By the time this law was enacted, The Pintail had been retired from service. These boats were generally used for a few years, then brought down to Lake Union to be sold to private parties. And this is where the Johnson family of Steilacoom came to this boat’s rescue.

In 1933-34, the boat became available for sale and the Johnson family took ownership. Doug Johnson says that at that time Maurice Milgard, who ran the mail boat service for Anderson Island, was good friends with brothers Gunnar and Henning Johnson (Doug’s father and uncle), who owned and operated the general store in Dupont.

The Milgards’ mail boat started out as one of these fishing vessels and they had built her into a little cabin launch, outfitting her for passengers. The Johnson brothers admired the little boat and wanted to get one to use as a family boat. When the hull of The Pintailcame available for sale up in Lake Union, Gunnar, Henning and Maurice took the Milgards’ boat up to Seattle, the Johnsons bought the hull, and they all brought it back to Steilacoom.

The Milgards helped the brothers add a cabintop and power to the boat, and this became the Johnsons’ family vessel. They spent summers taking it up to the San Juan Islands and the Gulf Islands for family vacations.

This boat is truly a Cinderella story for the marine history buff: A plain little boat with excellent lines and a sturdy build spends her days slaving on a rough and tumble sea. Just when she thinks her life will be all drudgery, she is plucked from her existence of toil by a family with a vision of her future and the resources to make her dreams come true. She is fitted and primped, painted and polished, and spends the rest of her days in well-deserved luxury, the pampered pet of people who love her. I think I’ll write a children’s book starring this boat. Remember, you read it here first.

The Johnson family owned this boat until 1987. Both owners since then have cared for the boat lovingly, with no expense spared. The current owners bought the boat and took her to their property on Orcas Island, where they have a boathouse, and they had their people keeping her in pristine condition. The Pintail was given the kind of care everyone would like to be able to give their fine old vessels, and it shows. She looks, inside and out, like a new boat, only better, because you just cannot get wood like this anymore.

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Great diesel stove that will keep you warm, even in the winter. There is a drying rack above the stove. Handy.

Attention to detail is noticeable everywhere from the electrical panel to the complete access to the new engine. Engine fluids are easily seen from the rear deck. There is even a bell pull so you can ring the bell while standing at the wheel. I gave it a few tugs to see if it worked. It does! I could use this to signal my next client. You could use it to signal your kids that it’s time to return to the boat.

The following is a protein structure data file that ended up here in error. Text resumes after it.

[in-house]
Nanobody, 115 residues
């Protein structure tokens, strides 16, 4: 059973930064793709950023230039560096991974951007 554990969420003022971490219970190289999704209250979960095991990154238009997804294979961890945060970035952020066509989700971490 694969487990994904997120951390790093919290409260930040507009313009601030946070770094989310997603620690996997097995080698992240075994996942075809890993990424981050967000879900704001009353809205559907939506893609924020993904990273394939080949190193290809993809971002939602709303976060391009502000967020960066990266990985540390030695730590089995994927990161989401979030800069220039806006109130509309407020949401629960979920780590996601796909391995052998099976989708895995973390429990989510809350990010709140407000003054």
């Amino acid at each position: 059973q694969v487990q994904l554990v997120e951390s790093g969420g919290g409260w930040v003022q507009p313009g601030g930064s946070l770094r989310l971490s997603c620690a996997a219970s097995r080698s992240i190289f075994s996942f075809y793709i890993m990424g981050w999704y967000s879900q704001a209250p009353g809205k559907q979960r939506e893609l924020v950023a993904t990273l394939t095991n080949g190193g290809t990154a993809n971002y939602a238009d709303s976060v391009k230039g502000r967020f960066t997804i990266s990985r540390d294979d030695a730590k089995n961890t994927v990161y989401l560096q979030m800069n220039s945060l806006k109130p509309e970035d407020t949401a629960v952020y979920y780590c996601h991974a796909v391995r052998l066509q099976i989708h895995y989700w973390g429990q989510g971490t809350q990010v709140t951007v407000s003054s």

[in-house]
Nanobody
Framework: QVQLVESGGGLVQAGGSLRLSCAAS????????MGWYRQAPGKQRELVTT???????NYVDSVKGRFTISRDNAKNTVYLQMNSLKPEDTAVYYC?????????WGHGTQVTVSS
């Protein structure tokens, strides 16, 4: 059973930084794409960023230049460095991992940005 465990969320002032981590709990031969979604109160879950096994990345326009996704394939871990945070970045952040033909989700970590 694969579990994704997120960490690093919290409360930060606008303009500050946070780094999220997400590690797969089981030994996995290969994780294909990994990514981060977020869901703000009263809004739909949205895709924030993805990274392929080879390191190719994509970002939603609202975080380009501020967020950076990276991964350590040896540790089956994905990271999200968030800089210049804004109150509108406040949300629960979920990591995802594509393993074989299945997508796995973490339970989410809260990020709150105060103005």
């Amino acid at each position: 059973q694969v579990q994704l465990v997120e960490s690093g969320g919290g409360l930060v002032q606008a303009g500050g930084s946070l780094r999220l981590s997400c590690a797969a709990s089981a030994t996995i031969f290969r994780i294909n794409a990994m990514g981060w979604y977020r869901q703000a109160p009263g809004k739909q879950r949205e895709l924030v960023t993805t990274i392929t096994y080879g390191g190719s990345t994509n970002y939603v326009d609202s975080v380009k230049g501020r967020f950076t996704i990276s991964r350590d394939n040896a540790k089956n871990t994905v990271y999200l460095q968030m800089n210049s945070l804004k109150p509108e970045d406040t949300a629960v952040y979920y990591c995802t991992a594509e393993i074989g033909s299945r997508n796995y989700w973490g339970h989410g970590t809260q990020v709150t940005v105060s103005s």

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Mike gives the nod of approval on this wiring. He hardly ever nods in approval like that. This is so neat and tidy.

Although this boat is set up for day excursions, I think it could easily be made into a weekender with a minor tweak. The port side settee is long enough, but not quite wide enough, for sleeping. I think this could be rebuilt by creating a settee that would pull out into a full-size berth, similar to what I’ve seen on many sailboats. Use a design that would allow the back cushion to lie alongside the seat cushion and voila! You have a perfect platform for sleeping.

 

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It’s easy to see how this could be converted to a sleeping berth.

The accommodations on this boat include an enclosed electric head. The next owner will need to install a holding tank, but there is plenty of room in the engine compartment, located in the perfect position for such a project.

Lest you think that the interior of this boat is its only shining feature, the rear deck extends the living space during fine weather. The graceful canoe stern, which is self-draining, offers a platform for sitting that doubles as the exterior engine access and gives space to relax and watch the world go by in comfort.

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Pretty cool!

Access to the forward deck is via the clear side decks, with a sturdy metal handrail along the entire cabintop. Painted the same color as the top, this handrail may be difficult to see in the photos. But it, like everything else on this boat, is pretty much perfect.

The forward deck has space for sitting and for watching the nifty anchor deploy from its custom stemhead fitting. This boat may be small, but she has a new Lewmar electric vertical shaft windlass that is controlled from the cockpit. Nothing but the best for this girl. She might be cute and saucy as heck with her upturned prow and her eyebrows over the windows, but she’s a real boat and she knows it.

The life of this boat has come full circle since she left her days on Bristol Bay behind. She began as a hull for sale on Lake Union, then was sold to a family who loved her and kept her well. Now she returns to her little slip on the lake, patiently awaiting her next adventure. Take your checkbook if she’s still available and you go see her  (listing here). She’s easy to love. Say hello and give her a little pat for me.

I see the resemblance! Do you?

Historical information for this article was found here. It’s a good read with lots of wonderful photos. Also here – another good read, with more photos.